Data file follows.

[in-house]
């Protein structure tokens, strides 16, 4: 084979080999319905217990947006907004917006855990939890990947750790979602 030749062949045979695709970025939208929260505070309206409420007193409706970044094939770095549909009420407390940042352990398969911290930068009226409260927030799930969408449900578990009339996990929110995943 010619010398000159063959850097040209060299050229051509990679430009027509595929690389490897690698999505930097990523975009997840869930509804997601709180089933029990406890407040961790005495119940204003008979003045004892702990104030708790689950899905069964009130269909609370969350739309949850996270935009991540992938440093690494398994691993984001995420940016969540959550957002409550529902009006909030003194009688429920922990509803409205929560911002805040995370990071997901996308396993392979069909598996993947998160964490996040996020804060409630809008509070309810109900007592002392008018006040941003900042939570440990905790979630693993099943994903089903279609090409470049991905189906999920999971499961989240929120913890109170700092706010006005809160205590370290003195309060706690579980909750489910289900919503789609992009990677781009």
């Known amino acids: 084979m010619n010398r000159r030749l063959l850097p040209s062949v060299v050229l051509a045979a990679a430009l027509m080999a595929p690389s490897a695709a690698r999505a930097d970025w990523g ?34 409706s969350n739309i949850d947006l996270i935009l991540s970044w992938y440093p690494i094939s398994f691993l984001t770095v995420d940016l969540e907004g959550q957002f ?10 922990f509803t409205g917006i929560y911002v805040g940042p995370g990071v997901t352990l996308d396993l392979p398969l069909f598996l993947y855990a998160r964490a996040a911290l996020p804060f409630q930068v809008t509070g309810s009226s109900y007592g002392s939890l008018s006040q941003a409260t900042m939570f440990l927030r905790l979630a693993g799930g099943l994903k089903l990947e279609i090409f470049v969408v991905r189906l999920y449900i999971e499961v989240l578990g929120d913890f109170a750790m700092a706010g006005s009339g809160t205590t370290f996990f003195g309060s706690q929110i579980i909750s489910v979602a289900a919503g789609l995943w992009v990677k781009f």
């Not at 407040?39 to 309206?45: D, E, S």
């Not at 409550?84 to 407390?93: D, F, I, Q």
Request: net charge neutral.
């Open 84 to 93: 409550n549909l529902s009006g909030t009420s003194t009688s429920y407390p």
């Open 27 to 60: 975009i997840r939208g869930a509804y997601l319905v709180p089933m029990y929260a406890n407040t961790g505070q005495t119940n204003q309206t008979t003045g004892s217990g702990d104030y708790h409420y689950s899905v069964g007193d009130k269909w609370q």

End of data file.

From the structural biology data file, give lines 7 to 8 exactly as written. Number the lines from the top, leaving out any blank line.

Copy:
């Open 84 to 93: 409550n549909l529902s009006g909030t009420s003194t009688s429920y407390p």
């Open 27 to 60: 975009i997840r939208g869930a509804y997601l319905v709180p089933m029990y929260a406890n407040t961790g505070q005495t119940n204003q309206t008979t003045g004892s217990g702990d104030y708790h409420y689950s899905v069964g007193d009130k269909w609370q």